Strong economic data and stubbornly high inflation pushed mortgage rates up for the fourth consecutive week, giving buyers whiplash after weeks of declines prior. The 30-year fixed-rate loan averaged 6.65% this week, according to Freddie Mac. “Higher mortgage rates have a direct impact on borrowing costs, hurting affordability,” says Nadia Evangelou, senior economist and director of real estate research at the National Association of REALTORS®. “At today’s rate, buyers need to put more than 20% down if they don’t want to be cost-burdened.”
Mortgage rates are about double what they were a year ago. Still, the latest housing data indicates market resilience and suggests activity will pick up in the coming months, Evangelou says. There already are signs of a possible turnaround: Pending home sales rose significantly in January, the second consecutive month of gains, NAR reported earlier this week.
However, home buyers are having to digest mortgage rates that are now boomeranging and inching back up toward 7%, adds Sam Khater, Freddie Mac’s chief economist. “Lower mortgage rates back in January brought buyers back into the market,” Khater says. “Now that rates are moving up, affordability is hindered and making it difficult for potential buyers to act, particularly for repeat buyers with existing mortgages at less than half of current rates.”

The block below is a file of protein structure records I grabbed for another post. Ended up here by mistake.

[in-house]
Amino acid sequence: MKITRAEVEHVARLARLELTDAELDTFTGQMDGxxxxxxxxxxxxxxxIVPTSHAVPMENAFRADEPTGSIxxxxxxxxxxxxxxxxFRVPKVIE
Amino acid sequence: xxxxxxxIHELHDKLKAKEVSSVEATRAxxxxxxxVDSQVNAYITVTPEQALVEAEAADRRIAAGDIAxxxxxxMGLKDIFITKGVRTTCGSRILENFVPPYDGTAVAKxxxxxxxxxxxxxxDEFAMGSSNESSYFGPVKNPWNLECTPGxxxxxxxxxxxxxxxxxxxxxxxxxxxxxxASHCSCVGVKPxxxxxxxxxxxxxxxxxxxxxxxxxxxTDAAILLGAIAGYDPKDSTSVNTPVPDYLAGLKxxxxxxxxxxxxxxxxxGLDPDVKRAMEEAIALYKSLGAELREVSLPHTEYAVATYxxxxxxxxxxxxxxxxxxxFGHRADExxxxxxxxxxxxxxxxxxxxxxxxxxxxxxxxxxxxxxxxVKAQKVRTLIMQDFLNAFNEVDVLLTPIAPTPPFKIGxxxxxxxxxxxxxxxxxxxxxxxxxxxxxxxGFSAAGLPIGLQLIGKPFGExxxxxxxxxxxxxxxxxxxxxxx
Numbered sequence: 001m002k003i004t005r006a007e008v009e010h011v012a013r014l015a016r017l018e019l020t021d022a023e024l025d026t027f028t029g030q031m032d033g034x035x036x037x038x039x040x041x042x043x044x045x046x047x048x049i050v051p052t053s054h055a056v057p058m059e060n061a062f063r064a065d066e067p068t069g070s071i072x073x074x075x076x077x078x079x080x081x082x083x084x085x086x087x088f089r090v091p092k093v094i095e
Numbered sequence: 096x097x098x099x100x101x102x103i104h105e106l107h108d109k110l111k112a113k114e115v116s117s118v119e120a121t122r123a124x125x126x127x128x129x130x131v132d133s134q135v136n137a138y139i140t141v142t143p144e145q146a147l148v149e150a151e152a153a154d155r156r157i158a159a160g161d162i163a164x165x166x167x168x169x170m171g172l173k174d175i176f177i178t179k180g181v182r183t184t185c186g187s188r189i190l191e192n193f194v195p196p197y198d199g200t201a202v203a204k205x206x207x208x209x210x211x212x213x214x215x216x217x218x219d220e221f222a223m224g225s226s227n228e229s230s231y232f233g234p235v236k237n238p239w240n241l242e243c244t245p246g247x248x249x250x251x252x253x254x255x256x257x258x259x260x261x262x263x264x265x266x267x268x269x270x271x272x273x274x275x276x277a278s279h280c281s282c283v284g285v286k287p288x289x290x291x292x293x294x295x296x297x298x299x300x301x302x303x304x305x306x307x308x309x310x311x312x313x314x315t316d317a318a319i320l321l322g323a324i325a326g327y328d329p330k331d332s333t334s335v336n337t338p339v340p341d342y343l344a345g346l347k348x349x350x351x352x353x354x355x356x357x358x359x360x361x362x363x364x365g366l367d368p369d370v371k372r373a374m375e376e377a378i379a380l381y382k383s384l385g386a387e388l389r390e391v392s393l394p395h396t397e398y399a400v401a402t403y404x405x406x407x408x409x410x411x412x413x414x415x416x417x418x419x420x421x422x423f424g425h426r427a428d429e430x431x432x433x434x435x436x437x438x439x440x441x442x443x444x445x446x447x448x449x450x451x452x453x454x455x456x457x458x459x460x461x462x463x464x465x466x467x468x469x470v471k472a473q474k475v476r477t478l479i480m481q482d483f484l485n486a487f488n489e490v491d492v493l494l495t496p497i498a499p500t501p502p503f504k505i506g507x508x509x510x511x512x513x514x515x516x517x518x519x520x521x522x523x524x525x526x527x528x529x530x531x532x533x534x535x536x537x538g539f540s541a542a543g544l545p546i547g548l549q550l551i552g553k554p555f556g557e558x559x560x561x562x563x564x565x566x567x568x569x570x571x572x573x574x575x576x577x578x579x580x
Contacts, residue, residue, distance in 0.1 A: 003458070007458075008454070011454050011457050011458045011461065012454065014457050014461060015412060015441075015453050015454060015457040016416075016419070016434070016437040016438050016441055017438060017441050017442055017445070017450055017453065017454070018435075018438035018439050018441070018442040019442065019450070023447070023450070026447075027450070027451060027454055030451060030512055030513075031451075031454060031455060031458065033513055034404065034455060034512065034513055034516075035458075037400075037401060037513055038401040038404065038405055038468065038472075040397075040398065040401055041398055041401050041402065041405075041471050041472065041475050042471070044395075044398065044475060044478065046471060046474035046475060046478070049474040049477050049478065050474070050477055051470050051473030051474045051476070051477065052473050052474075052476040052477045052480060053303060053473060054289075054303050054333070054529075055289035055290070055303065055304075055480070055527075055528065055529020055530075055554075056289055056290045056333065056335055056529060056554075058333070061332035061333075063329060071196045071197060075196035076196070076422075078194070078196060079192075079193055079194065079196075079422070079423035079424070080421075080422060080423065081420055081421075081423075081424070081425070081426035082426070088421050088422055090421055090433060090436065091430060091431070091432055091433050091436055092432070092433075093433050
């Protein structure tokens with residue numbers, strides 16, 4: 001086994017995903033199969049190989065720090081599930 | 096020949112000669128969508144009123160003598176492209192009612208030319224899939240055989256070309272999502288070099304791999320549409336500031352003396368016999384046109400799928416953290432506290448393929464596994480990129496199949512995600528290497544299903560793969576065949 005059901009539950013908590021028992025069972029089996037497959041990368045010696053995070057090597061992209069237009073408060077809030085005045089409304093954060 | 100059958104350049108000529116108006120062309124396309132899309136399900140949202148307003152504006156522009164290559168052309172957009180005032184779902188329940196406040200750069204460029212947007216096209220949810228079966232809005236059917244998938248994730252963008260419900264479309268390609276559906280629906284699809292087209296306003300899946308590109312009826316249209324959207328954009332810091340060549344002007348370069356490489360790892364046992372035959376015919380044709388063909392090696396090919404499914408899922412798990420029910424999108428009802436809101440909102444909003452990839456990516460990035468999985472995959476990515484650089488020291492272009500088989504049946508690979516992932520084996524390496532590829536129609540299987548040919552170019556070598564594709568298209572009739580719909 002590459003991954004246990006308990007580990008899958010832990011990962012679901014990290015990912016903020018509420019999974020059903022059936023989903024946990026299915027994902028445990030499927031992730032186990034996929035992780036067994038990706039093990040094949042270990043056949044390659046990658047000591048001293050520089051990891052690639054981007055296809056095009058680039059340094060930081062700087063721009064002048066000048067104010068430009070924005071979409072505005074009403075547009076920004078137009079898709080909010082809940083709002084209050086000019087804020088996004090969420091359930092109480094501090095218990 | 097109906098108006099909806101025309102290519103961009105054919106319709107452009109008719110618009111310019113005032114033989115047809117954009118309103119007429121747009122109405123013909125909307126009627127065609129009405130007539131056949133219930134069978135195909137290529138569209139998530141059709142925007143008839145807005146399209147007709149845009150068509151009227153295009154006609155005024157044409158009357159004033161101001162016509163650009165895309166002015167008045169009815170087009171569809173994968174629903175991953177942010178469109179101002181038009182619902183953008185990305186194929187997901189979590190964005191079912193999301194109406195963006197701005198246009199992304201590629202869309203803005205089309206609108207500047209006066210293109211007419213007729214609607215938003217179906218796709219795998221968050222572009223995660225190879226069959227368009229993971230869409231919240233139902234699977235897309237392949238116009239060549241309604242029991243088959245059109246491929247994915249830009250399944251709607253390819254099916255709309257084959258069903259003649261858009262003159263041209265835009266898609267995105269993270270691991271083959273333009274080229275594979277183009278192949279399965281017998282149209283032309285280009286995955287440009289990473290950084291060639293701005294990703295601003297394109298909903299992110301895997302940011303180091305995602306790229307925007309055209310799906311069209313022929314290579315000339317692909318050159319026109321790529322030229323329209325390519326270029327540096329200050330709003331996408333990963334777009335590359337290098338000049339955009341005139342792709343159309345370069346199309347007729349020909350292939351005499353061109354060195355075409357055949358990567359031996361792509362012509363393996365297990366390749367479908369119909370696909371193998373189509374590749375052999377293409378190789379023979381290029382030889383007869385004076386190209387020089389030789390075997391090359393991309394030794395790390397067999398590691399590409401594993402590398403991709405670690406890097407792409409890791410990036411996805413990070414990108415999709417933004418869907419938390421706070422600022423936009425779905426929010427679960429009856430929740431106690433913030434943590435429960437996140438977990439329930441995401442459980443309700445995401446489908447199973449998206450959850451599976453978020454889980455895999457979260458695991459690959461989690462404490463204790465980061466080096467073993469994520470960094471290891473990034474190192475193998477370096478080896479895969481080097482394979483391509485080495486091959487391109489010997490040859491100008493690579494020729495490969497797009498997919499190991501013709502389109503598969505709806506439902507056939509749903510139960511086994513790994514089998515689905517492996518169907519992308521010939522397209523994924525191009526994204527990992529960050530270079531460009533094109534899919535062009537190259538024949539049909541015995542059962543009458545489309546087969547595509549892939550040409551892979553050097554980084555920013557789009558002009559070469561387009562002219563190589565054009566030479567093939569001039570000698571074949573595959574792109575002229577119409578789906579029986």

Rate relief could be on the horizon. If inflation eases faster than expected, mortgage rates could decrease to the low 6% range over the upcoming weeks, Evangelou says.
Freddie Mac reports the following national averages with mortgage rates for the week ending March 2:
- 30-year fixed-rate mortgages: averaged 6.65%, rising from last week’s 6.5%. A year ago, 30-year rates averaged 3.76%.
- 15-year fixed-rate mortgages: averaged 5.89%, up from last week’s 5.76%. A year ago, 15-year rates averaged 3.01%.